View Full Version : Adding this to places I would like to visit someday!

Paul Pless
04-09-2013, 10:00 AM

04-09-2013, 01:25 PM
How does one make that video without using Danger Zone in the background?

P.I. Stazzer-Newt
04-09-2013, 01:34 PM
The Mach Loop is a set of valleys, situated between Dolgellau in the north, and Machynlleth in the south....

You may need pronunciation lessons - ask Gareth.

There are other good viewing spots.....

obscured by clouds
04-09-2013, 01:46 PM
I once sat on a hill at the seaward end of this area and watched a couple of phantoms chase what looked like a MiG up hill and down dale for what seemed like hours [what a MiG was doing there I have no idea - this would be around 1979 or so]

The valley is called the Tal y Llyn valley and is a straight glaciated fault line rift and is smack bang in the middle of a National Park - so much for quiet enjoyment of the countryside.

At the top end is the main Wales n-s route, so when driving down it one can often come head on to a jet coming the other way.

The Hercules looks like one of our 'local' planes which are often seen around the area - we call it the 'SAS plane' due to it's matt black paint job

I've seen Harriers hiding behind trees as the F16s fly up and down trying to find them!

04-09-2013, 01:55 PM
A person could mount a LaWS right there in that gap if those pesky flybys got out of hand.

Paul Pless
04-09-2013, 01:58 PM
A simple hand held instant on/off radar gun would drive them crazy I bet.:d

04-09-2013, 02:00 PM
A simple hand held instant on/off radar gun would drive them crazy I bet.:dOne of these would catch 'em by surprise. http://www.yourobserver.com/articlephotos/large/photo-2-22746-20121031175737.jpg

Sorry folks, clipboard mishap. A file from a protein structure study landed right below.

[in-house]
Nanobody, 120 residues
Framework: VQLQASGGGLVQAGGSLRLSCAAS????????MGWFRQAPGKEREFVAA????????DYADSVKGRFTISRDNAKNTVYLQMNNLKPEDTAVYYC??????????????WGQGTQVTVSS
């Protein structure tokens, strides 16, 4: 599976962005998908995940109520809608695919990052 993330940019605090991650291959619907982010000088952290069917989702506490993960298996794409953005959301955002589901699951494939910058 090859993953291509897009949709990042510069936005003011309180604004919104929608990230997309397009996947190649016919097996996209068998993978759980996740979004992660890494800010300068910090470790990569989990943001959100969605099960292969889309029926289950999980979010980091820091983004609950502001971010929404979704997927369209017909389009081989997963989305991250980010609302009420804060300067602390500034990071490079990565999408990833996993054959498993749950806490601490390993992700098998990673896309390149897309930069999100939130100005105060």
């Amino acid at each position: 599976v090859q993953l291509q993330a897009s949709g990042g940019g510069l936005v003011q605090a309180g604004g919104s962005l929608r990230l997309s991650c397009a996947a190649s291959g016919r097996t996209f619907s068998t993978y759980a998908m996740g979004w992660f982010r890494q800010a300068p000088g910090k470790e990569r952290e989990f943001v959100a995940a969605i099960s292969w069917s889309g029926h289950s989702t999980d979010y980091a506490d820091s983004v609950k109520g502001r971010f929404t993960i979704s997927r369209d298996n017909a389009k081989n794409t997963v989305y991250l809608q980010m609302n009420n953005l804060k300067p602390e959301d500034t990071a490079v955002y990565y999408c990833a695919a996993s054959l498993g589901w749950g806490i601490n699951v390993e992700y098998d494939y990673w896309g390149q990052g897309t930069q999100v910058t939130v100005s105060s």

04-09-2013, 04:59 PM
Immediately reminded me of this...

Two British traffic patrol officers from North Berwick were involved in an unusual incident, while checking for speeding motorists on the A-1 Great North Road .

One of the officers (who are not named) used a hand-held radar device to check the speed of a vehicle approaching over the crest of a hill, and was surprised when the speed was recorded at over 300mph. The machine then stopped working and the officers were not able to reset it.

The radar had in fact latched on to a NATO Tornado fighter jet over the North Sea , which was engaged in a low-flying exercise over the Border district.

Back at police headquarters the chief constable fired off a stiff complaint to the RAF Liaison office.

Back came the reply in true laconic RAF style. 'Thank you for your message, which allows us to complete the file on this incident. You may be interested to know that the tactical computer in the Tornado had automatically locked on to your 'hostile radar equipment' and sent a jamming signal back to it. Furthermore, the Sidewinder Air-to-ground missiles aboard the fully-armed aircraft had also locked on to the target. Fortunately the Dutch pilot flying the Tornado responded to the missile status alert intelligently and was able to override the automatic protection system before the missile was launched'.

...which is of course an urban myth (http://www.snopes.com/horrors/techno/radar.asp).

I've had a number of encounters on the mountains of North Wales, the English Lake District and the Western Highlands of Scotland where RAF jets have shot through the valley fast and low enough to be below my position on the hill. Usually Harriers and Tornados but it was only Hawk trainers on Ben Nevis that freaked out Bridgit, she's a fan of neither planes or heights. My scariest encounter was in the Peak District, I was just completing a solo (unroped) rock climb,not particularly long or hard but I probably had a 30 foot drop below me. As I pulling over the top a pair of Tornados came really low across the moor and over the edge. The was no warning, just a dark shadow and then the roar hit like a wall of sound.